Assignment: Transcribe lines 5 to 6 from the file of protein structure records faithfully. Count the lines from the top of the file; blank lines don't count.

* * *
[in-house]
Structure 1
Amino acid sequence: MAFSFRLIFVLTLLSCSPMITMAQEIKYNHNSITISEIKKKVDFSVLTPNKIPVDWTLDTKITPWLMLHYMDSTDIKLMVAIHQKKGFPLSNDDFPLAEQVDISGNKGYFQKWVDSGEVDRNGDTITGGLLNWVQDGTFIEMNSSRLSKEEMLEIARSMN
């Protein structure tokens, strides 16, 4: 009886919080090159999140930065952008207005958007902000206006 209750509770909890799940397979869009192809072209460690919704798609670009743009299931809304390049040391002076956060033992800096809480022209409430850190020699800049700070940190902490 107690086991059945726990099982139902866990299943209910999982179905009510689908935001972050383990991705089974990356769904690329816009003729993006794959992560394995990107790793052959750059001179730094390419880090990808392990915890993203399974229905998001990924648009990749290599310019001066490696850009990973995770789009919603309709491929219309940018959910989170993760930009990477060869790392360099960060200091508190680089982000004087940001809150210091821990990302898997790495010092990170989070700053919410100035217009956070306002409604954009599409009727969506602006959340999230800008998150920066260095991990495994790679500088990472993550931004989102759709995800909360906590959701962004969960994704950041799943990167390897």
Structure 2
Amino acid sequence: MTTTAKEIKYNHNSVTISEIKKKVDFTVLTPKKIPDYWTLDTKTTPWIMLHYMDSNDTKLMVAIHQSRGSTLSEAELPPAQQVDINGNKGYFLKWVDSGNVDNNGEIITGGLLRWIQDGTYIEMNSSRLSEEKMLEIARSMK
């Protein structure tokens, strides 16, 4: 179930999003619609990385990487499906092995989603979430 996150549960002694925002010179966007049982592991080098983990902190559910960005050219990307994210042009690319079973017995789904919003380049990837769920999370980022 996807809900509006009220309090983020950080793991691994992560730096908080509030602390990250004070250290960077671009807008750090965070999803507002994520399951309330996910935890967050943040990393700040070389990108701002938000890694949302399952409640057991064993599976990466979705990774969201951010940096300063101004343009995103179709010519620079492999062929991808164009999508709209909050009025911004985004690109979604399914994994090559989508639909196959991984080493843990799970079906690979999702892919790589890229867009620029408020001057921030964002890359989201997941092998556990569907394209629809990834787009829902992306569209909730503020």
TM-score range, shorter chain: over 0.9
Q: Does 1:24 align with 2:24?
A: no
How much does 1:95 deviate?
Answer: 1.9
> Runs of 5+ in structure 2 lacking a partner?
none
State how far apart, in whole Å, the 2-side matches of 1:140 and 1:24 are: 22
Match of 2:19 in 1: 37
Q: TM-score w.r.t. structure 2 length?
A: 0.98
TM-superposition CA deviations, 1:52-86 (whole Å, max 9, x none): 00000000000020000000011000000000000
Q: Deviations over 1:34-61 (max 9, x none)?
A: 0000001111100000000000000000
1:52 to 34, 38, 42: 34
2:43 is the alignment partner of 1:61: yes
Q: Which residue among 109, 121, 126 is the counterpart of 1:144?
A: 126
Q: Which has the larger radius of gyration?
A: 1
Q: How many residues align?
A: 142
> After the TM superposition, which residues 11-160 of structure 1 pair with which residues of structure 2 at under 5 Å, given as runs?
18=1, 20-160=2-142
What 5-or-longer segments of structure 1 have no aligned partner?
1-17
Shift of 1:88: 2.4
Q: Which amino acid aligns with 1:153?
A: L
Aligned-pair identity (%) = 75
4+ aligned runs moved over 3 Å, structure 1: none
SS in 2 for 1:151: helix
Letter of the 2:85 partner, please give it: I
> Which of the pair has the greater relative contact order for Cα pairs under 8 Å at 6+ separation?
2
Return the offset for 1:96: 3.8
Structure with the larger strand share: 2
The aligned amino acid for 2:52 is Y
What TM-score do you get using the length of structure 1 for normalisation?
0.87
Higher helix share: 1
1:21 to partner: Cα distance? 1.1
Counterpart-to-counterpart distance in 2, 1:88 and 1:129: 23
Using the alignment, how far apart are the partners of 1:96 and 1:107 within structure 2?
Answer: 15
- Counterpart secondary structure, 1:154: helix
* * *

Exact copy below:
Structure 2
Amino acid sequence: MTTTAKEIKYNHNSVTISEIKKKVDFTVLTPKKIPDYWTLDTKTTPWIMLHYMDSNDTKLMVAIHQSRGSTLSEAELPPAQQVDINGNKGYFLKWVDSGNVDNNGEIITGGLLRWIQDGTYIEMNSSRLSEEKMLEIARSMK